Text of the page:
By Laxman Kafle Chitwan, Apr. 6: Farmers in Chitwan are now making efforts to increase production and productivity of paddy by using modern farming tools. Farmers here are confident that the use of modern agricultural tools and techniques in commercial farming will help them resolve the problem of manpower shortage and increase their savings. Farmers of Bachhauli of Ratnanagar and Mumroz of Khairhani municipalities of the district have planted rice by using a four-wheeler machine for the first time. The Agriculture Modernisation Project, Chitwan, had provided two machines to transplant paddy in six rows with 50 per cent grant for the commercialisation of agriculture to the cooperatives. The cost of the machine is around Rs. 2 million. Likewise, the project has also provided a seeder machine to grow saplings in a nursery for large-scale paddy farming. The government has given emphasis to paddy plantation, especially spring paddy known as Chaite paddy in the potential areas, including Chitwan, to increase its production and make the country self-reliant in paddy and control rampant rice import.
Use of modern tools
Hare Ram Mahato, a farmer of Bachhauli of Ratnanagar Municipality, said that he planted paddy in around four Kattha of land using the modern tools. “I spent only Rs. 800 for the transplantation of paddy sapling in four katthas of land using a machine this year. Adopting this technology is three times cheaper than the manual labour,” he said. Similarly, Narayan Mahato, a farmer and chairman of Small Farmer Agriculture Cooperative Limited, said, paddy saplings were growing in trays after the use of technologies. "For the first time in the district, we used the technology to grow saplings in trays where the machine itself manages soil, water and seeds as per the requirement, this technology yields quality seeds," Mahato said. Transplanter takes one and a half hours to transplant saplings in one bigha of land. It takes around one day for a person to transplant paddy in one kattha of land.
“With the help and use of modern tools in agriculture, I have planted rice in 10 katthas of land at a cost of Rs. 2,000 this year. I had to spend about Rs. 6,000 while planting paddy in this area of land using labourers in the past,” Mahato said. "When you plant paddy with a machine, you don't have to spend a lot of money for the people who work there,” Mahato said. Farmers will be able to reap more benefits if they can plant paddy at a lower cost, said Meghnath Timalsina, head of PMAMP, the project implementation unit, Chitwan. “Mechanisation in agriculture sector not only reduces cost of production, but also increases productivity,” he said. Use of equipment will be expensive for individual farmers, he said, adding that farmers are encouraged for land consolidation as production from fragmented farms will be very low. “We are focusing on spring paddy plantation in Chitwan and other potential areas as the productivity of early paddy is 20 per cent higher than regular paddy,” he said. Paddy is grown in around 1.5 million hectares of land in Nepal. But spring paddy is planted in only around 120,000 hectares. The government has been investing for the construction of irrigation system including deep boring for ensuring irrigation facility and to provide quality seeds. Madhab Paudel, an official at the Paddy Zone Programme, Chitwan, said that a Japanese-based technology machine was brought from China. According to him, they had planted rice by the machine at around 10 bighas of land as trial which he said succeeded. The three-wheeler machine had been planting paddy in Chitwan for some years but after its failure, four-wheeler has been used this year. The cost for planting paddy in a bigha of land by using manual labour is around Rs. 16,000 but it has halved -- at Rs. 8,000 while using a machine for the same job, he said. "Looking at the productivity of the planation this year, we expect to expand its area of production from next year," Paudel said. "The interest and participation of farmers has been encouraging," he said. The productivity of paddy is expected to grow by 4.34 tonnes per hectare with the use of technology as planting in line with the machine reduces the chances of diseases and pests, said Paudel. The paddy productivity in Chitwan is 3.95 tonnes per hectare at present. According to him, Chaite paddy is grown in about 7,000 hectares of land in Chitwan. Paddy is being planted in around 27,000 hectares of land in Chitwan.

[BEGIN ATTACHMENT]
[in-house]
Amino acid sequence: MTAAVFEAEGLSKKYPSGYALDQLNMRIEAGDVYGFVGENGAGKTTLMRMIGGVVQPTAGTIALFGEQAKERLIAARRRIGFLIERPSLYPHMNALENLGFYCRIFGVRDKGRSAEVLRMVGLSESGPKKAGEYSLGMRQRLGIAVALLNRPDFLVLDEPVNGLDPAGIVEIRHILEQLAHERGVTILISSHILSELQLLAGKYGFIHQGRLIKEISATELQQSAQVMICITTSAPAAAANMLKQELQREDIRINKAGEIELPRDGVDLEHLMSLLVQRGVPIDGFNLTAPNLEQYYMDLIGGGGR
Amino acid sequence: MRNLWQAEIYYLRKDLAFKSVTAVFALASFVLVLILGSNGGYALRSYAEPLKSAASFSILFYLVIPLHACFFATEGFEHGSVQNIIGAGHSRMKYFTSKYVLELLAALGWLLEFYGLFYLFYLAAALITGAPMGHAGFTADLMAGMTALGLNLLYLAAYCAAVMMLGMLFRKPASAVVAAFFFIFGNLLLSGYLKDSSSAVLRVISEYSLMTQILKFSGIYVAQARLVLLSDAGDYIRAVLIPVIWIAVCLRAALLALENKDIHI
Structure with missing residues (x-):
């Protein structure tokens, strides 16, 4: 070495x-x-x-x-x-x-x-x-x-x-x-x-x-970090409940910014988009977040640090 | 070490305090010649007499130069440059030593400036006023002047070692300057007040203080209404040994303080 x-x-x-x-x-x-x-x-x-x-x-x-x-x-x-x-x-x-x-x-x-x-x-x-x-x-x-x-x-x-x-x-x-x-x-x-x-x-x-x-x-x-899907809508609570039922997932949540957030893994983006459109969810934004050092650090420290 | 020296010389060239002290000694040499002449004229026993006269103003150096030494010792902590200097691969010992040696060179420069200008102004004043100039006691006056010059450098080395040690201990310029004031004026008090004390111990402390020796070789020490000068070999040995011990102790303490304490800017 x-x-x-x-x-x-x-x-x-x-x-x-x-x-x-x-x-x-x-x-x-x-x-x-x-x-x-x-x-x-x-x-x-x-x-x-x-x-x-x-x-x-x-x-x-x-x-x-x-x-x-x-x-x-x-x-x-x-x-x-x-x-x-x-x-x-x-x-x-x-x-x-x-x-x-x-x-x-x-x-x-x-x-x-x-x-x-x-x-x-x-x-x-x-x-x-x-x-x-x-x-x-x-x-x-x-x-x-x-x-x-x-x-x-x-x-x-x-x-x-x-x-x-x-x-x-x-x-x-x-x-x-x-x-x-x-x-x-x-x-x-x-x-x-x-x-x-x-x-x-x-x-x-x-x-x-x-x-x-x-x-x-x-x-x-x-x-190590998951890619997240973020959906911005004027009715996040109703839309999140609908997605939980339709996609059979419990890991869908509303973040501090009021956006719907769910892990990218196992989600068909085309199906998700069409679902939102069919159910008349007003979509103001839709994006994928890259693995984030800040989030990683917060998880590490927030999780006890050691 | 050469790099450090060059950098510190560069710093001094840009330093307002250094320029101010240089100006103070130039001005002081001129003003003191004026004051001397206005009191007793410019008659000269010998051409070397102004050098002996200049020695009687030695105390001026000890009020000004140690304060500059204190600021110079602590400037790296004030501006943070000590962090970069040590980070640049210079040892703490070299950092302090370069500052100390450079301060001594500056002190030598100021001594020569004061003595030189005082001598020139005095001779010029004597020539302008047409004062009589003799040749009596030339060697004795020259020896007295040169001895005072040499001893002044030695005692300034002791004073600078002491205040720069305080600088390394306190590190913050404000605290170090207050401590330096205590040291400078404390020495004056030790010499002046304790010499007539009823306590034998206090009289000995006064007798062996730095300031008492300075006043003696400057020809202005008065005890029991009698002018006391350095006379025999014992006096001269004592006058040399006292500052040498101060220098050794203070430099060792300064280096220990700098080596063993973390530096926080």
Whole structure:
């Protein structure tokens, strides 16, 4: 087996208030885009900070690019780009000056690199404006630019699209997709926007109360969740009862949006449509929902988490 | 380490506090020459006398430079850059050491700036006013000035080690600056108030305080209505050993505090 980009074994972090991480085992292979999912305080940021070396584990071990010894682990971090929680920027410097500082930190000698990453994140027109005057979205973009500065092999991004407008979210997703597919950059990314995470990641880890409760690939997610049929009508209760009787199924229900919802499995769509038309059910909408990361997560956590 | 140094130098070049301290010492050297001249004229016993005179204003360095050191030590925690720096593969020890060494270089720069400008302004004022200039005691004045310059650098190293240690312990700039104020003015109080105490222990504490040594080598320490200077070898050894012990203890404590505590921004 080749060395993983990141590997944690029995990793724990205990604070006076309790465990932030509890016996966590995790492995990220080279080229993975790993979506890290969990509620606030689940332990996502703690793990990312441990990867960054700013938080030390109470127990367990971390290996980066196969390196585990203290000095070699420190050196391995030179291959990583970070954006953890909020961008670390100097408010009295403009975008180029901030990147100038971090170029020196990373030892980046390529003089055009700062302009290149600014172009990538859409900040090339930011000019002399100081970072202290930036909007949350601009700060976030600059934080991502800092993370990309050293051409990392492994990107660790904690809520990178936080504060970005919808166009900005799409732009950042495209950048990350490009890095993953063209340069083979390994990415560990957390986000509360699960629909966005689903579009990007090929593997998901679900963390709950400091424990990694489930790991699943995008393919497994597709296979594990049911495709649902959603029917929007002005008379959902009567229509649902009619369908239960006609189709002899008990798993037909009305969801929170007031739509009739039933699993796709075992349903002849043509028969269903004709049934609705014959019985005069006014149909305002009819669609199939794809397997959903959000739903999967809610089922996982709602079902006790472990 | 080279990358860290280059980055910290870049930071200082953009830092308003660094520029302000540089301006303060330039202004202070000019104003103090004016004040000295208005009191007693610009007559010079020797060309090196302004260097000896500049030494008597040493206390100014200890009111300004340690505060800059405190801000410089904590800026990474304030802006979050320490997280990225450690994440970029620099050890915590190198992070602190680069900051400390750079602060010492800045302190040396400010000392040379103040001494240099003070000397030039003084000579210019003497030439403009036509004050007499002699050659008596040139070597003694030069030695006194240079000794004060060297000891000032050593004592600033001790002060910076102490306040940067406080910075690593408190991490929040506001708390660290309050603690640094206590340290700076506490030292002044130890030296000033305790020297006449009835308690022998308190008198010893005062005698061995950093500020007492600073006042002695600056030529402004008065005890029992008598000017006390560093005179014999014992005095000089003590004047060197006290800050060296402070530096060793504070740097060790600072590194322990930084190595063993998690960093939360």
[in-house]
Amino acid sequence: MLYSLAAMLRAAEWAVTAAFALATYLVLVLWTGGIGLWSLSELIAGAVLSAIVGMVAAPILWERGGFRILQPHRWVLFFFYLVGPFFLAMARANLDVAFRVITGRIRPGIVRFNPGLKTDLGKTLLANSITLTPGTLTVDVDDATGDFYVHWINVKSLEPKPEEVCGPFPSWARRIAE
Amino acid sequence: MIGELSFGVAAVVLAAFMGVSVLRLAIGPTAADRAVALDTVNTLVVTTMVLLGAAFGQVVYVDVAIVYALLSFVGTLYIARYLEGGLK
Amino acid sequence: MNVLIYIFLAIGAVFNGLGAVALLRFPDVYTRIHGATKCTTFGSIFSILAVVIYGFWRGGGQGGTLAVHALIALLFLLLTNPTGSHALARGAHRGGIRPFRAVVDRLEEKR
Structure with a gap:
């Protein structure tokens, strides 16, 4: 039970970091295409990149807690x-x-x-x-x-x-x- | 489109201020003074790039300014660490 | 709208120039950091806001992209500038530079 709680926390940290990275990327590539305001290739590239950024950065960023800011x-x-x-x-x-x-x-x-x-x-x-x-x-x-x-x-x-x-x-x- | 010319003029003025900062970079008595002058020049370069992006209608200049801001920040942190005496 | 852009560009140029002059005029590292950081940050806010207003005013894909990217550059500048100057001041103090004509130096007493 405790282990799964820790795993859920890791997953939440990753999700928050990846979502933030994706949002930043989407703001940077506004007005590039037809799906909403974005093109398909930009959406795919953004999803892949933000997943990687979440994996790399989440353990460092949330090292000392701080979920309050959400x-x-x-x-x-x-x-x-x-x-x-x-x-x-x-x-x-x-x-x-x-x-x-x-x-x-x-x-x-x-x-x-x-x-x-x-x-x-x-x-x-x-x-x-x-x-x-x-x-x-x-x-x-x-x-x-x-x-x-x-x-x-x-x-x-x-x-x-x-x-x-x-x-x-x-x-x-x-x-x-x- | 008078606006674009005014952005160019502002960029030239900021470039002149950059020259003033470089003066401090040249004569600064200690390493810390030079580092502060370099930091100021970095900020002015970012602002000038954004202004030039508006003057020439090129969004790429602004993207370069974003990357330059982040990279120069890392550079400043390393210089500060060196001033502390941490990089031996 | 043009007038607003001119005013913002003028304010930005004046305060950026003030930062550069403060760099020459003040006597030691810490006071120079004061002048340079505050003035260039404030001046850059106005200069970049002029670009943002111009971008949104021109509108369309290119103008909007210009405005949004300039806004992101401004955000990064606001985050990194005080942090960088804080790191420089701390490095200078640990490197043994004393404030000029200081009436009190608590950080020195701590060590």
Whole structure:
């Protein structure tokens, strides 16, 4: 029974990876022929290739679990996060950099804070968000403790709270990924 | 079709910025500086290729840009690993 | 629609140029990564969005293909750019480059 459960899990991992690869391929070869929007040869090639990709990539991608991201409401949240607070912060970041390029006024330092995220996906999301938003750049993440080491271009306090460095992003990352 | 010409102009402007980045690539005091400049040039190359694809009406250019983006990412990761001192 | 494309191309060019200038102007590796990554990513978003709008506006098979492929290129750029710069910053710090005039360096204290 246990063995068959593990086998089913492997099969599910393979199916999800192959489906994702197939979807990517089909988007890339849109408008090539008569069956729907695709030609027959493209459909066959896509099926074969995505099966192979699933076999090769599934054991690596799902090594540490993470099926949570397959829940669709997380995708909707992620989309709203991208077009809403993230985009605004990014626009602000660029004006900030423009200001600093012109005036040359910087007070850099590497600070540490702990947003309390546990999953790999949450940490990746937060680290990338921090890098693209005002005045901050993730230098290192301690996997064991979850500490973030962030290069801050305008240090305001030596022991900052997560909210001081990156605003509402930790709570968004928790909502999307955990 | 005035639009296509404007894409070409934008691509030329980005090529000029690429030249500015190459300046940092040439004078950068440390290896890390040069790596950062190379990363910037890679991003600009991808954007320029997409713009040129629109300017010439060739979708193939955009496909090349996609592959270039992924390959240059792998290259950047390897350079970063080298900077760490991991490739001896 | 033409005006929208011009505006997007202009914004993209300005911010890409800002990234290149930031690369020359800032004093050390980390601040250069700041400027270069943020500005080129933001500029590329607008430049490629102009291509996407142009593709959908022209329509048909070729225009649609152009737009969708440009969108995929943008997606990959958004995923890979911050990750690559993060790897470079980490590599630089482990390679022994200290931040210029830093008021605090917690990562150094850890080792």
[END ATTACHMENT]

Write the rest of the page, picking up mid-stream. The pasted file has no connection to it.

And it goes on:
Farmers seek additional tools, technical support
“We, the farmers, are in need of a drier machine to keep crops safely in store during rainy season after its harvest,” Mahato said. “Farmers can sell paddy at around Rs. 3,200 per quintal after three/four months of harvesting season. But they are compelled to sell at Rs. 1,800 per quintal during the harvesting time due to lack of a drier machine,” he said. According to him, farmers are still discouraged in agriculture because they are facing shortage of quality seeds and fertilisers at peak time. “We are seeking technical support from the government to control diseases and for suitable tools,” he said.